The Mosaics in Ravenna


Mosaics in Ravenna

Basilica of Saint Apollinaris in Classe, 6th century, Ravenna, Italy

The mosaics in Ravenna are world famous, so if you like mosaics or early Christian monuments, consider including a stop in this lovely town in your Italy itinerary. The 2000+ year old city of Ravenna, located on the Adriatic coast a couple hours south of Venice, is a gem that is still mostly undiscovered by North American travelers. Stay in Ravenna itself or visit as a day trip from nearby towns such as Brisighella, San Marino, or Bologna.

The city has eight early Christian monuments that are included as UNESCO World Heritage sites. The mosaics in Ravenna are all of a religious nature, with saints, depictions of Bible stories, and colored with lots of gold.

Why are there so many incredible Byzantine mosaics in this small town? Currently, Ravenna isn’t a politically significant city in Italy, but in the year 402 it became the capital of the Western Roman Empire. Visiting the mosaics in Ravenna will give you a glimpse into the town’s very important and equally fascinating past.

The reason mosaics are so vibrant and spectacular even after 2,000 years is because they are made of pieces of glass, so the color doesn’t fade over time. First, the artist calculated exactly how many pieces of each color of glass were needed to create the (gigantic!) image. Then, each color of glass was created (or in the case of gold, layered with gold leaf) and then cut. And finally, a skilled artisan had to carefully attach it to the wall in exactly the right place.

Although Ravenna is definitely an off the beaten path destination for foreign tourists, it’s very popular with Italians. This means that travelers should expect lines and crowds at the sites. In theory, you could visit most of the sites in one day. It would be a long day, and you’d be absorbing a lot of important history and information. But if you prefer to focus on new information in smaller chunks of time, spread your visit out over a couple of days.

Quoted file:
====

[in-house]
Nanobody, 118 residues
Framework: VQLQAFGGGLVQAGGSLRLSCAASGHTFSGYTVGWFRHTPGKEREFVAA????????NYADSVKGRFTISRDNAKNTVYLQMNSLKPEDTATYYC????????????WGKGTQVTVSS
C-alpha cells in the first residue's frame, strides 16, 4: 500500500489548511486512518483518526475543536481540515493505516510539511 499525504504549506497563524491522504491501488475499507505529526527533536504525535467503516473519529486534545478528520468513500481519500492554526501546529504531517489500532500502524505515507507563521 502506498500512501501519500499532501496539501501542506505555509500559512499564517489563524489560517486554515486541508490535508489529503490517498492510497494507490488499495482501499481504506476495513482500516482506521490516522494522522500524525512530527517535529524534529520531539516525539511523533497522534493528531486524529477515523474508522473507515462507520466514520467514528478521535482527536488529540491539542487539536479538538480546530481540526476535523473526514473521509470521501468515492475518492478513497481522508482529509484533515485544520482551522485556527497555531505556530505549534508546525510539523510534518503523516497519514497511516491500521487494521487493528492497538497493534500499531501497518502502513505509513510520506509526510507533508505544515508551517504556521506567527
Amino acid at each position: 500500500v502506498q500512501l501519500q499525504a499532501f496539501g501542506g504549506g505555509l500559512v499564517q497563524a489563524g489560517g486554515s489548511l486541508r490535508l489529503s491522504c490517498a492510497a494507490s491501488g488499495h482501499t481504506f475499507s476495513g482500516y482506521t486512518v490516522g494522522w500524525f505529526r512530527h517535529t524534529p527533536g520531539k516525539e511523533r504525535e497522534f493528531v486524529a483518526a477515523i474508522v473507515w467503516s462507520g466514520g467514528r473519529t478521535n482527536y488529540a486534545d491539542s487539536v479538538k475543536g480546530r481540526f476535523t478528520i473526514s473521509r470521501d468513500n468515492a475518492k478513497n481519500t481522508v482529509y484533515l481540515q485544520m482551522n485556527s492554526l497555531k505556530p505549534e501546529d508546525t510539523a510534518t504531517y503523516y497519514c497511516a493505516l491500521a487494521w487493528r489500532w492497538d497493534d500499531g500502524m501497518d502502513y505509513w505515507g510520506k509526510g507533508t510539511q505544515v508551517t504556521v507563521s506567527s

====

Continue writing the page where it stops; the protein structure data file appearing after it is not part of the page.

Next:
When we discuss Ravenna with Italy Beyond the Obvious travelers, the main questions we get are:

How much time do I need in Ravenna?

If you don’t need to see all of the sites or dig deep into the mosaics, it’s possible to do Ravenna as a day trip from, for example, Bologna. Spend 2 – 3 hours visiting sites, have lunch, then spend another 2 – 3 hours. Stick to the sites that can be visited by foot from the city center. If you’d like to see all the main sites, we recommend 2 full days.

What’s the best way to get to Ravenna?

You can get to Ravenna by train, although the city is not on a fast train route so you’ll probably have to change trains and get a slower one for the Ravenna leg. If you’re comfortable driving in Italy, it’s a good idea to get a rental car to visit Ravenna. Stay in the historic center so you can get around by foot, and book a place that includes parking. There are buses to the sites that are outside the city center so you can leave your car parked.

What’s the best way to get around Ravenna?

Ravenna is small, and most of it can be visited on foot. Some of the sites are outside the city center, so if you’ve rented a car, you could use it. Or, get around Ravenna by taxi, or use Italian public buses. In high season, there are shuttle buses that run between the sites. It’s a pretty major tourist attraction for Italians so you can definitely get around to the sites easily.

When are the Mosaics in Ravenna open?

As you would with anywhere in Italy, check that places are open on the day of the week you’re planning to be there, but Ravenna is very visitor-friendly and a major tourist destination. Most of the monuments are open 7 days a week until 7 pm, and entry tickets are not expensive.

Italy Beyond the Obvious will help make your trip truly memorable. Take advantage of our Italy trip planning services for a customized itinerary, or get coaching assistance with our Italy travel consulting services. And if you like what you read, why not subscribe to the Italy Beyond the Obvious blog and get free updates?

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